Private equity fund sniffs the air
United States private equity firm Vesta Equity has been in Christchurch investigating whether it can become involved in the earthquake rebuilding.
Managing director George Kruse said he had been in New Zealand for 10 days looking for real estate opportunities, but that further research was needed before Vesta Equity would be prepared to invest at least $50 million in the rebuilding.
He said that up to now all the firm's investments had been in the US. But in view of economic problems in the northern hemisphere the company has decided to come to Canterbury.
"One of the things we're looking at is obviously the US economy, its uncertainty, and we feel stronger about the New Zealand economy," he said.
Kruse said he had been alerted to the Canterbury proposition by Vesta's founder and owner, David McIntyre, who had been in and out of the city since about December.
McIntyre is also the owner of Ceres Environmental, which is a US disaster recovery contracting firm which has established a New Zealand operation.
Kruse said Vesta's preliminary work had included talking to property owners and developers to assess what part Vesta could take in the rebuilding.
"We're just trying to gather up as much information about what's going on with insurance, redevelopment and the new city plan and to get some feelers out to individual property owners."
He said there was still a lot more information to gather.
Kruse said initial meetings had been held with half a dozen property owners and their legal representatives, but not with the city council.
"We're talking to a pretty broad range of people. We're talking to attorneys all about the legal structure as well informally about their clients. We've talked to engineers, we've talked to groups of property owners," he said.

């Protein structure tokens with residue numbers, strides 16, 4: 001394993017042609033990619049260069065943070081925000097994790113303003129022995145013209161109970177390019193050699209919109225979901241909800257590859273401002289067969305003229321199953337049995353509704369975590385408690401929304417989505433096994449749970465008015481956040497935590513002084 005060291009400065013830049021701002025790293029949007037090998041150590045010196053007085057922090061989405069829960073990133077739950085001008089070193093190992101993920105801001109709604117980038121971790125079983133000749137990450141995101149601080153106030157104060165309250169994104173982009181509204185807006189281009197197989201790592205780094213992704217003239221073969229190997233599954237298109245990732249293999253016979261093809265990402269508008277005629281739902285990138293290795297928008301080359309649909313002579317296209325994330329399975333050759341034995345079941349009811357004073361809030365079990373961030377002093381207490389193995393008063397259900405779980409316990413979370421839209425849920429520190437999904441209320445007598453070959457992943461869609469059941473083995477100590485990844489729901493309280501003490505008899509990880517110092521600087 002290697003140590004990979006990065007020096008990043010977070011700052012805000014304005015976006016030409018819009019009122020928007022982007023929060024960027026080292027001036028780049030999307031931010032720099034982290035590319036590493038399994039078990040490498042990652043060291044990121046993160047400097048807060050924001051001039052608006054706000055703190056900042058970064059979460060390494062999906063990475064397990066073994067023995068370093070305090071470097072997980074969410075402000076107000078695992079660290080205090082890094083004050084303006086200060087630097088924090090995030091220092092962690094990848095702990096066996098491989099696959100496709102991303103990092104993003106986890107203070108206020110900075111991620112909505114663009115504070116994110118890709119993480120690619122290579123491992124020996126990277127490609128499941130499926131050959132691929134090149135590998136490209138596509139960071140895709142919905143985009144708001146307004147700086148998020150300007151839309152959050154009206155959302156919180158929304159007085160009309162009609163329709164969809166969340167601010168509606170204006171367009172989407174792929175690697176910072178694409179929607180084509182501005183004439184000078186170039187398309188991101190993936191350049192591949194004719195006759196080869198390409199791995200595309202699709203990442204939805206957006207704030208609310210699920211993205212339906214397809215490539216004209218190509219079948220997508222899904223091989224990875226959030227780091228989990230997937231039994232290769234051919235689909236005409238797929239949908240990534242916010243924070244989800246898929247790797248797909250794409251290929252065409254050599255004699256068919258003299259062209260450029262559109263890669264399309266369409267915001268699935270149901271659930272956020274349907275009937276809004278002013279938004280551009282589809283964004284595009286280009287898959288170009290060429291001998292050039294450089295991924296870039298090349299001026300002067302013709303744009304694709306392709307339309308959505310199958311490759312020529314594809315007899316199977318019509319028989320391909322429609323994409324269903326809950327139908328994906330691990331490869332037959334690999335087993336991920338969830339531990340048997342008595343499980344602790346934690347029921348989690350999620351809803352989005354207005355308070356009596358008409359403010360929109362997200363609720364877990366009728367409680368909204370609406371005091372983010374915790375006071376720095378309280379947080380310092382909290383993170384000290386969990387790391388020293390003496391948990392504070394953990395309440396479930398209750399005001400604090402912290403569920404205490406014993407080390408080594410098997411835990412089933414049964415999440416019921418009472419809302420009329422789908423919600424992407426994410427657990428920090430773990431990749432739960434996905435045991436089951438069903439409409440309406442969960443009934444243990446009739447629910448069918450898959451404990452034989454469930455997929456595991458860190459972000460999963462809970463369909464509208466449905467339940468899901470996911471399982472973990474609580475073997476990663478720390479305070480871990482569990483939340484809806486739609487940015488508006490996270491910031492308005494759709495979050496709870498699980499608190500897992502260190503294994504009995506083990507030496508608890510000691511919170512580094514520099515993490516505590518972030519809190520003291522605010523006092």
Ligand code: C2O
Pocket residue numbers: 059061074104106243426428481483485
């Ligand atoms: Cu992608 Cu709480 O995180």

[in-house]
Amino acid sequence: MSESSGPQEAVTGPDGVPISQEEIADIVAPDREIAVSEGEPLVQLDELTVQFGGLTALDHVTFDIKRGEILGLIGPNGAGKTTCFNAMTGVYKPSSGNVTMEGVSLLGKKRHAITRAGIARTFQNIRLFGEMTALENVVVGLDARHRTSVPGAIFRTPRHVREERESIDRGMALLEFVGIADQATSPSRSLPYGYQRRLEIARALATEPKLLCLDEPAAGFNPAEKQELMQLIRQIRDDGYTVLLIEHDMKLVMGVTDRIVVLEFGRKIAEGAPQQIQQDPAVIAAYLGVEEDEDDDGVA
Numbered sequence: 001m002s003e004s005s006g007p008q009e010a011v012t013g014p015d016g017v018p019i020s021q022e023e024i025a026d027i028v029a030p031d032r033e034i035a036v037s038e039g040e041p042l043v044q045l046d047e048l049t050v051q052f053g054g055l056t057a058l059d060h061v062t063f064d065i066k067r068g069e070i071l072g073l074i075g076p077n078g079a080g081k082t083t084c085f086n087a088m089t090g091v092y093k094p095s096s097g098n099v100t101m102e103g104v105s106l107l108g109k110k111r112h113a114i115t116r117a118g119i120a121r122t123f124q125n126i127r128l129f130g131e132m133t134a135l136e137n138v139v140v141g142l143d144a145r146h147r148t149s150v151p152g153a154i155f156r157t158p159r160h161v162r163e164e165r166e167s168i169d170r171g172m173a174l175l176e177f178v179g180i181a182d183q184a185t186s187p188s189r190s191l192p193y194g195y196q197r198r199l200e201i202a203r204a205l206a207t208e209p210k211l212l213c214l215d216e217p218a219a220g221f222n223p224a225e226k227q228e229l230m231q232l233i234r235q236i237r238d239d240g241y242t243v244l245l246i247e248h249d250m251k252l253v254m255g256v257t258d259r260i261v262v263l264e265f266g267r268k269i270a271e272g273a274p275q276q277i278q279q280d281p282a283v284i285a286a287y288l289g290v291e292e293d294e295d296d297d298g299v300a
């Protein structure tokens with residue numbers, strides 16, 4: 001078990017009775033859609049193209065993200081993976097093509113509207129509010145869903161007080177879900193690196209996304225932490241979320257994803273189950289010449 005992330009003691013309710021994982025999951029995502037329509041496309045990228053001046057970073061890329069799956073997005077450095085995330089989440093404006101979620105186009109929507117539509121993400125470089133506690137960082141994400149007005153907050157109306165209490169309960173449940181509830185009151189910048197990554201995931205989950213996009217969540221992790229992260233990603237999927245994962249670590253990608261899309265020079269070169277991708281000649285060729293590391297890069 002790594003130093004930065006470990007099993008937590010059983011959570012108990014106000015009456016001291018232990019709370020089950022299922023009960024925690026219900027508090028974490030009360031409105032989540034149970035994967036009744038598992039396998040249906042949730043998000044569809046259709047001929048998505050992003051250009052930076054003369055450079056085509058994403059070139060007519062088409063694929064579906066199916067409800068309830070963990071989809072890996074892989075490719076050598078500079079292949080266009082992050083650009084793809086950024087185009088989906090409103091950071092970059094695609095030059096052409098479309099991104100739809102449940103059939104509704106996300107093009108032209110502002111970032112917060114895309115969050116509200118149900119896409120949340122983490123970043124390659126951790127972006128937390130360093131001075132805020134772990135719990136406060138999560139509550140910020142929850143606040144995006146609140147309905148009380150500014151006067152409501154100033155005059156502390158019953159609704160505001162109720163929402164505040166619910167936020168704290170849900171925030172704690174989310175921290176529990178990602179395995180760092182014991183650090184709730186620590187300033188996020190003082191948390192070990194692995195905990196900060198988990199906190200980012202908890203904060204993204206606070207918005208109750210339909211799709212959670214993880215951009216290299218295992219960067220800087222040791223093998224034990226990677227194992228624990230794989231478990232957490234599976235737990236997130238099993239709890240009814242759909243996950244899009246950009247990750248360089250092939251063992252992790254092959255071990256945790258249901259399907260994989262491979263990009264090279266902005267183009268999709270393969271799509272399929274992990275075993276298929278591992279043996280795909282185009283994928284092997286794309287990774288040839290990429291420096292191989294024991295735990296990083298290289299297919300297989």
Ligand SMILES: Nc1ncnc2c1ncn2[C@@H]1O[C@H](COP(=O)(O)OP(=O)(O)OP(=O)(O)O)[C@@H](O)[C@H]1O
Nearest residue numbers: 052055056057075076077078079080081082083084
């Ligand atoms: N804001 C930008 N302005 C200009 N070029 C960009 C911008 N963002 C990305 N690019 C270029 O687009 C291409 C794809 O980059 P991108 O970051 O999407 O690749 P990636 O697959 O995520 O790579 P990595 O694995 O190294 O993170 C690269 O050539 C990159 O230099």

He did not want to disclose exactly who he had talked to.
Vesta has left three representatives in Christchurch for another week.
Justin Murray, of investment firm Murray & Co, said he had heard of Vesta's interest in Christchurch and was watching developments.
Murray has voiced concern about the rebuilding, saying the biggest challenge is financing.
Yesterday Murray said he thought there would be interest from financial investors abroad, and Vesta was an early example of this.
Kruse said Vesta did not usually buy assets itself.
"Everything we do, whether it be providing bank debt or equity or going in with somebody to a joint venture, is always done with someone locally who has the experience and the ability to manage, operate and control a property."
Kruse said property owners were understandably weighing up the option of reinvesting insurance pay-outs in other places, such as Wellington, Auckland and Australia.
"From people we've talked to, the vast majority have every intention of staying in Christchurch, but ... a few people may be questioning it."